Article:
Reyes, Raquel A.G. and William G. Clarence-Smith (eds.), Sexual diversity in Asia, c. 600–1950. Abingdon: Routledge, 2012, xiv + 176 pp. [Routledge contemporary Asia series 37]. ISBN 9780415600590. Price: USD 140.00 (hardback).
This collection of well-researched studies of several aspects of the wide range of non-heteronormative sexualities in Asia interrogates both the Orientalist imagination which fostered the idea of the East as a place of promiscuity and licentiousness, and recent scholarship which focuses on transgendered specialists who performed same-sex acts in a ritual context. The authors use a wide range of sources, including legal and medical texts, colonial records and official and private correspondence. The resulting case studies are examples of the kind of critical scholarship that the study of the meanings given to particular sexual practices in non-Western contexts requires. Like other scholars before them, the authors illustrate the great historical, religious, and cultural complexity of Asia, and they question the use of terminology developed in the west, such as sodomy, and ultimately of sexuality itself.
This anthology destabilizes the Orientalist fantasy of an Asia in which same-sex acts were widely tolerated. Though a wide range of same-sex practices have been recorded, these always have to be read within their social, political, and religious contexts. Acceptance of non-reproductive and non-heterosexual sex acts was not general but always embedded in numerous regimes of prohibitions and constraints. Age, social status, gender, and religious orientation were important factors which in some cases provided a certain legitimacy to same-sex and other non/procreative acts. In other cases, however, such practices met with intolerance and could even result in capital punishment. Compared to women or men of lesser status, elite men were allowed a much wider range of behaviours, including oral sex being performed upon them or being the inserting partner in anal sex, both with catamites and male servants or with their wives and concubines. Marital obligations had to be honoured, however, and procreation ensured.
The book is divided into three parts that deal with texts, people, and sins, respectively. In the first part, non-normative pleasures are explored in various discursive contexts. The first chapter, by Lo and Barrett, draws on medical discourse in pre modern China. They discuss anal intercourse, both male-male and male-female, on tomb texts from the second century BCE to erotic writing of the Ming period. The medico-spiritual and legal texts they analyze, locate anal sex in contexts of changing socio-sexual power relations in which the male penetrator is seen to cultivate good health, potency, and a long life. In the next chapter, Daud Ali deals with medieval India. His sources range from Sanskrit texts to architecture, particularly temple reliefs and sculptures. He demonstrates that oral sex was considered more problematic than anal sex in certain texts such as the Kamasutra. In the thousand years covered by his research, gradually conjugal procreative sex comes to be privileged. The third chapter moves to a different Asian region and religion, focusing on same/sex relations and transgender identities in Islamic Southeast Asia. Drawing primarily on Wahhabi sources, this author, too, notes shifting discourses on same-sex practices and behaviours. Interestingly he also refers to female same-sex acts, a topic left mostly unexplored in the rest of the book. This is a particularly rich chapter demonstrating that not only Western colonial administrators, but also Islamic reformers were responsible for the shift towards a gradual repression of same-sex practices in the region.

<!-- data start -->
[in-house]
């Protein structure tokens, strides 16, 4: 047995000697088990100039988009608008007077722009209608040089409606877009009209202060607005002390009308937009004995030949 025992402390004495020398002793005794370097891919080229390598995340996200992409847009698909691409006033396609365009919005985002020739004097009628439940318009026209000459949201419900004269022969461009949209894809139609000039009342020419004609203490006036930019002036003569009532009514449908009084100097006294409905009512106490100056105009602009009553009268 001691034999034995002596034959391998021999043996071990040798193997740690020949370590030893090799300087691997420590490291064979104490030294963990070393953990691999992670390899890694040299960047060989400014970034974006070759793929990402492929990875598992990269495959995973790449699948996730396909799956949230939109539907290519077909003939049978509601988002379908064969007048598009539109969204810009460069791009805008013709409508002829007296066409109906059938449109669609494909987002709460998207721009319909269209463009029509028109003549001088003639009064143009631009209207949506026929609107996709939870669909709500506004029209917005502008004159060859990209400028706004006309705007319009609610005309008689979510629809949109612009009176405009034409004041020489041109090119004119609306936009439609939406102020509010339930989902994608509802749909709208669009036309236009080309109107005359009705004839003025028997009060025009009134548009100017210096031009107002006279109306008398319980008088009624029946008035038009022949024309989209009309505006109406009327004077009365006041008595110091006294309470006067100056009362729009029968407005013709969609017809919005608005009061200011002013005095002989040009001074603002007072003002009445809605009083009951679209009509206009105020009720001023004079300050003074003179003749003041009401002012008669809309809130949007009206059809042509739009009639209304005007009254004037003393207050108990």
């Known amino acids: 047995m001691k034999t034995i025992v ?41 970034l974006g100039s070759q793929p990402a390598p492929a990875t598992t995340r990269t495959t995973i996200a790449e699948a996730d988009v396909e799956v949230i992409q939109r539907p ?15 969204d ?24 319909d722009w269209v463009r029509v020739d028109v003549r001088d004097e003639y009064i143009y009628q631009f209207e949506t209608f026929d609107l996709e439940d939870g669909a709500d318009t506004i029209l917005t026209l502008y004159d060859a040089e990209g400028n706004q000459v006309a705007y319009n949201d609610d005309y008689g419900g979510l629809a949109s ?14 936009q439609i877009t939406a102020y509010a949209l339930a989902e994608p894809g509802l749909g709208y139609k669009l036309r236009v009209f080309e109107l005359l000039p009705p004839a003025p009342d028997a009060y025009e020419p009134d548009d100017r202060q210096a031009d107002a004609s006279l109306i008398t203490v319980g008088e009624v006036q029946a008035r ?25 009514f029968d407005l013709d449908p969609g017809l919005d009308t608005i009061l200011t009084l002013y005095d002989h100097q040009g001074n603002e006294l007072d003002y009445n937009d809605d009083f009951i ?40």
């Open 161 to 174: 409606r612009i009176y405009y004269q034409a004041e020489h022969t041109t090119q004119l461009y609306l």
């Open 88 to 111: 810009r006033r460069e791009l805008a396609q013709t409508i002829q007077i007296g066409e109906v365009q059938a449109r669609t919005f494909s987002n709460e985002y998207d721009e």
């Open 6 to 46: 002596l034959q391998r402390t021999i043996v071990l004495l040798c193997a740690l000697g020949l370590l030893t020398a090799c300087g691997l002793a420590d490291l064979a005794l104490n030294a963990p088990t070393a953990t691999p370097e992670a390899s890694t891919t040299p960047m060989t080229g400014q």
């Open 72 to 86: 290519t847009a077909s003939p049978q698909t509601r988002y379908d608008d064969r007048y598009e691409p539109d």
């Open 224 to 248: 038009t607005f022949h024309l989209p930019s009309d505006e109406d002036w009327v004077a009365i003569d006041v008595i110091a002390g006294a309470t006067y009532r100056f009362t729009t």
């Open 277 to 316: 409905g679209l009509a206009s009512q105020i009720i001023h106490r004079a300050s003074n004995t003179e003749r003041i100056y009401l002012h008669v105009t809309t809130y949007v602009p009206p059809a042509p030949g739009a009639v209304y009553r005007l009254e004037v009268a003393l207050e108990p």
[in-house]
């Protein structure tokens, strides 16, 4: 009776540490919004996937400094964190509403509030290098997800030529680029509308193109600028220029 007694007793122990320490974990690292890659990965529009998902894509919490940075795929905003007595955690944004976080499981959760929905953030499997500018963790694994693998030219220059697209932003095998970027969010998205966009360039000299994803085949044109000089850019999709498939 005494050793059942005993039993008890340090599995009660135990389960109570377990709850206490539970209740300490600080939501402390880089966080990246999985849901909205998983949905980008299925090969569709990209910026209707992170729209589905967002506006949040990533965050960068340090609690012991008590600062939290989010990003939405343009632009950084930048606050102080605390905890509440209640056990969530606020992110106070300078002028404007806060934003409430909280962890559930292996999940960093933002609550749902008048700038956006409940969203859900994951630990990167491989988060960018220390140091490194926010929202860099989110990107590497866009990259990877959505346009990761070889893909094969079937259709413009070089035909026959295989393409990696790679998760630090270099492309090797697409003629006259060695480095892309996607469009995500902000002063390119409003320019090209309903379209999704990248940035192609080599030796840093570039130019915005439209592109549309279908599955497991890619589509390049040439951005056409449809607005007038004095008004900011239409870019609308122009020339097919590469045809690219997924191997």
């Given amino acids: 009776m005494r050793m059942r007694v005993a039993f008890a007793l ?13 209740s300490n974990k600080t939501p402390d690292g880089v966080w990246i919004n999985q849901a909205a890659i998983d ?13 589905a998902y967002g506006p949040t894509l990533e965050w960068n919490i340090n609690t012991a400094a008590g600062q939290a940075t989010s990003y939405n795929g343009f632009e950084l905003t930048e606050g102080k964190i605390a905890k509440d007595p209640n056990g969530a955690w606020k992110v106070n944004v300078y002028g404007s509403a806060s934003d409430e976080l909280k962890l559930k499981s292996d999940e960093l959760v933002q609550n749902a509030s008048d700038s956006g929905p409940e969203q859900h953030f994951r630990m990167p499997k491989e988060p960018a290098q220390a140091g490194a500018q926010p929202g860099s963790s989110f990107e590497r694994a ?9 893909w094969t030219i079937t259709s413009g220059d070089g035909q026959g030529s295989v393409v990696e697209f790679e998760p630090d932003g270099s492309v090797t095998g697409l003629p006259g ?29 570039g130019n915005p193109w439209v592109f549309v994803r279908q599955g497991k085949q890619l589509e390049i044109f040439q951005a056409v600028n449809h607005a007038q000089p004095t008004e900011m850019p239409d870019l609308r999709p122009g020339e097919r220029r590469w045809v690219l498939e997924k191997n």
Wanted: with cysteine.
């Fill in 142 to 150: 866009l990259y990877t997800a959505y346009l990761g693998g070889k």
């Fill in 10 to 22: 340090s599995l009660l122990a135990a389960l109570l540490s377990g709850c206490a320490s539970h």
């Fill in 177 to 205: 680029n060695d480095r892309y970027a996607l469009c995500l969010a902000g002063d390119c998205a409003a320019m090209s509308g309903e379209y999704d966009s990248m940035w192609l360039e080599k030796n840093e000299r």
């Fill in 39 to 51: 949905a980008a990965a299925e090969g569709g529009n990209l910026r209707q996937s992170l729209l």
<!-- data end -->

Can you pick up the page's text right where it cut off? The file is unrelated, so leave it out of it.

In the second part of the anthology the attention shifts from texts to people; again the focus is on high class males. Loos’s sensitive study of male homoeroticism and politics in Thai history details the fall and execution of a high ranking prince. This prince’s exclusive fondness for male anal intercourse, to the neglect of intercourse with his wives and concubines, was ultimately construed in political terms, as a betrayal of the monarchy. In the process, Loos gives the practice of sodomy a history in Thailand, countering contemporary claims that same-sex desires are a recent phenomenon. To the growing literature on the history of male same-sex love in Japan, Screech adds an interesting case study in the fifth chapter. His word is an example of the careful reading required to uncover near-silences, desires, and relationships. It is also a unique tale of the attempts at seduction by a male high ranking Japanese bureaucrat of a young European colonial servant. The changing climate of relative acceptance of male homosexuality in Japan is contrasted with the harsh repression in Holland at the time. This is a topic also covered in the last chapter of the book, by Peter Boomgaard. He details colonial attitudes towards sodomy, pederasty, bestiality, and incest. As in the Philippines, Reyes in the preceding chapter outlines how sodomy was strongly denounced by the colonial authorities, while it was well known in indigenous society.
The careful attention to details and context makes these micro-histories interesting to a wide range of scholars, including regional specialists, anthropologists, political scientists, and gender specialists. However, the title of the book is too wide ranging; these case studies do not provide a comprehensive overview of sexual diversity in Asia for over 13 centuries. Instead, they point to the kind of detailed scholarship that is necessary to produce such an overview. The book’s introduction provides a concise overview of some of the literature and discourses within which this collection must be viewed. However, it does not provide a justification for the selection of case studies, nor of the absence of any study dealing with female same-sex practices.